The Chinese Exclusion Act was passed in 1882 and was used to restrict Chinese immigration to the United States. It was the first act that reduced immigration to the country on a large scale solely on the basis of nationality or race.
The roots of the Chinese Exclusion Act were in the California Gold Rush of 1849 and the creation of the transcontinental railroad from 1864 to 1869, both of which drew many Chinese laborers and their families to the country. The act was a response to sentiment among native-born American citizens that the Chinese immigrants were taking their jobs and suppressing wages. Some political parties of the time, such as the Workingman's Party, actively drummed up this sentiment for political gain.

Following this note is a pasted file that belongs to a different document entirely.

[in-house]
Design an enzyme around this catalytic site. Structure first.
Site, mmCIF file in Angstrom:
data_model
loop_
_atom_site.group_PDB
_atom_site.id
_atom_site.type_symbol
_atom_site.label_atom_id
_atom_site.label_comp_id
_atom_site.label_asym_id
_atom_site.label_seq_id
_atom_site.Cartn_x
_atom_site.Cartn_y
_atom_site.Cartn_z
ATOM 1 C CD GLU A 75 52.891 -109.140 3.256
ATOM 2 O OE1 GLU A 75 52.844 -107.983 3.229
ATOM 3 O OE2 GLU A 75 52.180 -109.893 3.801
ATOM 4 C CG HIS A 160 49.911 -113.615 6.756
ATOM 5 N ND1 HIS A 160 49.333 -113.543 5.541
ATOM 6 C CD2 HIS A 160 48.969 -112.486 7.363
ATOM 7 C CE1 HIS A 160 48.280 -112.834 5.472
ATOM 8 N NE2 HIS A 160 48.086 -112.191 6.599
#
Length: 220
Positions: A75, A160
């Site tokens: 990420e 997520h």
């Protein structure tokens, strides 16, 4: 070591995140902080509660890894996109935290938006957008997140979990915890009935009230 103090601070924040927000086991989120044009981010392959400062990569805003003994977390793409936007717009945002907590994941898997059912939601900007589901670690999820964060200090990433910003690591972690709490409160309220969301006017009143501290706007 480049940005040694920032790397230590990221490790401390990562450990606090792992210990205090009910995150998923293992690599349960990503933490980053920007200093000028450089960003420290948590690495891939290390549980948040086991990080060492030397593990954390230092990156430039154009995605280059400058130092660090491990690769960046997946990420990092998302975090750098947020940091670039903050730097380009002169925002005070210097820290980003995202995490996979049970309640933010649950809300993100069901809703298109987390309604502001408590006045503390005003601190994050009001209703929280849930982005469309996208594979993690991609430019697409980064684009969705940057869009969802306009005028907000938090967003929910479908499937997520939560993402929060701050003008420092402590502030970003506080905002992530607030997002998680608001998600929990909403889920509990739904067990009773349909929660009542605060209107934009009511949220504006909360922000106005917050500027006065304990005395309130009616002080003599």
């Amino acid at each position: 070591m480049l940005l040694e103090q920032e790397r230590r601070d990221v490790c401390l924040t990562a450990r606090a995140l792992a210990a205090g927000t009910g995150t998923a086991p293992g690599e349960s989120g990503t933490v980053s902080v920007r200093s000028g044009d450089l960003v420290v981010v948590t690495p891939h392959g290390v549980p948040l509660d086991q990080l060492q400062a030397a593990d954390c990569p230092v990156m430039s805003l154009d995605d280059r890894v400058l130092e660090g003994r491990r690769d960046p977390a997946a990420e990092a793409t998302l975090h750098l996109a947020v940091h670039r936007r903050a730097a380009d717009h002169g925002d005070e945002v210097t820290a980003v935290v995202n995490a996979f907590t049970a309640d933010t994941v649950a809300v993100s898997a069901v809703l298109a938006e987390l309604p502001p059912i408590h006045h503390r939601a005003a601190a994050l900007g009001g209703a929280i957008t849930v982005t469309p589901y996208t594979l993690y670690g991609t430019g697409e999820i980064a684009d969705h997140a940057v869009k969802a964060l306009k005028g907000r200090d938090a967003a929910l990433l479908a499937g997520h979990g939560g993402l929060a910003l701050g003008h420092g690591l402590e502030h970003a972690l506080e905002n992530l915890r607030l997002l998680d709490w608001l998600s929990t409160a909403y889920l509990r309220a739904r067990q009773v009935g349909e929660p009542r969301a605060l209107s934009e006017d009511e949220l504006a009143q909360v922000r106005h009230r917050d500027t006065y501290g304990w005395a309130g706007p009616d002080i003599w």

The situation reached a head with riots in California cities in the late 1870s, prompting Congress to pass the Exclusion Act in 1882. The Act barred all laborers and mining workers from China from entering the country for 10 years. Chinese immigrants who were not laborers by trade had to receive certification from the Chinese government. Chinese who were already settled in the United States could not return to the country if they left and were permanently excluded from citizenship.